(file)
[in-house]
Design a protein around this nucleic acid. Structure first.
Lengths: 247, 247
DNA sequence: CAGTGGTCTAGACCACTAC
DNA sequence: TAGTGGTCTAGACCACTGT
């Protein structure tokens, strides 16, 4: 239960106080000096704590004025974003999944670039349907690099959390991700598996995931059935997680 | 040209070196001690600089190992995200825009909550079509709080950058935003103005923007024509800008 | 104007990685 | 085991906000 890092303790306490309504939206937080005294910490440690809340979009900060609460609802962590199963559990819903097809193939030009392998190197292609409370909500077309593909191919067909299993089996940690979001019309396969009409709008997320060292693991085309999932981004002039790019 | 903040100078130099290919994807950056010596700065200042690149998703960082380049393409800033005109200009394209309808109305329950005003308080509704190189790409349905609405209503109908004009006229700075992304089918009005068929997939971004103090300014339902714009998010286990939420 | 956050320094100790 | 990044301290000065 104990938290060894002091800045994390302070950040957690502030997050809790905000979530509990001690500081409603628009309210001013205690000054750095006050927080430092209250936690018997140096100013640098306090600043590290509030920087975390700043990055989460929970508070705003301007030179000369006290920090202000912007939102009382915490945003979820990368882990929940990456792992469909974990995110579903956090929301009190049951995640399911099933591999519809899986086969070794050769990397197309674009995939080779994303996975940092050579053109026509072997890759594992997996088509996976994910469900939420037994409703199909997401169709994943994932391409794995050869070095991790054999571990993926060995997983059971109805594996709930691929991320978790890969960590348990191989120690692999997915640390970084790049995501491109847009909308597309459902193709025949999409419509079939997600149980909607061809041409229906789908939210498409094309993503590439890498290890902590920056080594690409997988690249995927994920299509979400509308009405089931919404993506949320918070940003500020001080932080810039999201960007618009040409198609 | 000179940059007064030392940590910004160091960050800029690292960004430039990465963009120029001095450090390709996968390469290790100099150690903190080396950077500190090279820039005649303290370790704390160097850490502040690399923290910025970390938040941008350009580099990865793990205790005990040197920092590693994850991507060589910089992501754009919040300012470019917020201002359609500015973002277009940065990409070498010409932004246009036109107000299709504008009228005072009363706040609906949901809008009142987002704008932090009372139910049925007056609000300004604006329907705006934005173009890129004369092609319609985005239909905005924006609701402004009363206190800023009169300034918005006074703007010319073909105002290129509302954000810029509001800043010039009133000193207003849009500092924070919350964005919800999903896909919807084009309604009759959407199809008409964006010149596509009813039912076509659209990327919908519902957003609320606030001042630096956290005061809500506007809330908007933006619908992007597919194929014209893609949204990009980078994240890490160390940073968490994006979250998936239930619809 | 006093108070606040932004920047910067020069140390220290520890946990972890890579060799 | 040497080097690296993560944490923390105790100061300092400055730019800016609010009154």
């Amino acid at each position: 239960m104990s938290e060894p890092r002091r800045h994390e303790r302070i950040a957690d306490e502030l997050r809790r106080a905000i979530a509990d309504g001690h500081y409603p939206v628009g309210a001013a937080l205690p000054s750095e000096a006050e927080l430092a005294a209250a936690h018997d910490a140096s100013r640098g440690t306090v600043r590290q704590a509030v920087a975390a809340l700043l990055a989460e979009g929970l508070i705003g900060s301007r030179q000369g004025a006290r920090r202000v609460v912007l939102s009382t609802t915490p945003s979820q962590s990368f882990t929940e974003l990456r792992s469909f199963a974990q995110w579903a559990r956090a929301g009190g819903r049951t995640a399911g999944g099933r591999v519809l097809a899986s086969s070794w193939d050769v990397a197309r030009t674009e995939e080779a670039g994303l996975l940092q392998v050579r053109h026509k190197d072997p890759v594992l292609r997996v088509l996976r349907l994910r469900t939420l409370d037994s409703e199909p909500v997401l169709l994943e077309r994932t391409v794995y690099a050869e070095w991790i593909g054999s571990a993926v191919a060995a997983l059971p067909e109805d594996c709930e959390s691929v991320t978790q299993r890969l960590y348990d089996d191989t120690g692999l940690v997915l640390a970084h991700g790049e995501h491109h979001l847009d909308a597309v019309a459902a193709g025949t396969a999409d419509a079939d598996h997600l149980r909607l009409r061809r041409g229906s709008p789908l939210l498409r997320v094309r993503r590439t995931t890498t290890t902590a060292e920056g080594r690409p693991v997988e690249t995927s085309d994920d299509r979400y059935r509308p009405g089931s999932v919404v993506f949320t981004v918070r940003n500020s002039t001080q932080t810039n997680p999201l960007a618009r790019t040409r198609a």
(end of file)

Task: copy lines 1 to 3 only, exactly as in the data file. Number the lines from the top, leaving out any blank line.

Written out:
[in-house]
Design a protein around this nucleic acid. Structure first.
Lengths: 247, 247